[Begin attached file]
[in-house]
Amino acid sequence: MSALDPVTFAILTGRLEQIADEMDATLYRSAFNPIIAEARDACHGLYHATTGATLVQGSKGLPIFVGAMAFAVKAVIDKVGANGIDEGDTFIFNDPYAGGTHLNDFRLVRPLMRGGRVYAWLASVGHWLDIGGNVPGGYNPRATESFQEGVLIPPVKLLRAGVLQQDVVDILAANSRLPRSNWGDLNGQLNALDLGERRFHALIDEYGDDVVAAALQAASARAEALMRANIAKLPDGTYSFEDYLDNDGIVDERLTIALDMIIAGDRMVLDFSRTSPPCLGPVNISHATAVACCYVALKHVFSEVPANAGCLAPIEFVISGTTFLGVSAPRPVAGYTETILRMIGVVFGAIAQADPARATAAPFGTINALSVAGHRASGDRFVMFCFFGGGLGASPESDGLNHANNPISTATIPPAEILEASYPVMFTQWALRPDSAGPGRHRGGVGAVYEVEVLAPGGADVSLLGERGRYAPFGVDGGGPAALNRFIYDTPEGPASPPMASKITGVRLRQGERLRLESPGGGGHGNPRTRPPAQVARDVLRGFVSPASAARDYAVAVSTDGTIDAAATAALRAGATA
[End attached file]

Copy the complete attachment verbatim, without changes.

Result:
[in-house]
Amino acid sequence: MSALDPVTFAILTGRLEQIADEMDATLYRSAFNPIIAEARDACHGLYHATTGATLVQGSKGLPIFVGAMAFAVKAVIDKVGANGIDEGDTFIFNDPYAGGTHLNDFRLVRPLMRGGRVYAWLASVGHWLDIGGNVPGGYNPRATESFQEGVLIPPVKLLRAGVLQQDVVDILAANSRLPRSNWGDLNGQLNALDLGERRFHALIDEYGDDVVAAALQAASARAEALMRANIAKLPDGTYSFEDYLDNDGIVDERLTIALDMIIAGDRMVLDFSRTSPPCLGPVNISHATAVACCYVALKHVFSEVPANAGCLAPIEFVISGTTFLGVSAPRPVAGYTETILRMIGVVFGAIAQADPARATAAPFGTINALSVAGHRASGDRFVMFCFFGGGLGASPESDGLNHANNPISTATIPPAEILEASYPVMFTQWALRPDSAGPGRHRGGVGAVYEVEVLAPGGADVSLLGERGRYAPFGVDGGGPAALNRFIYDTPEGPASPPMASKITGVRLRQGERLRLESPGGGGHGNPRTRPPAQVARDVLRGFVSPASAARDYAVAVSTDGTIDAAATAALRAGATA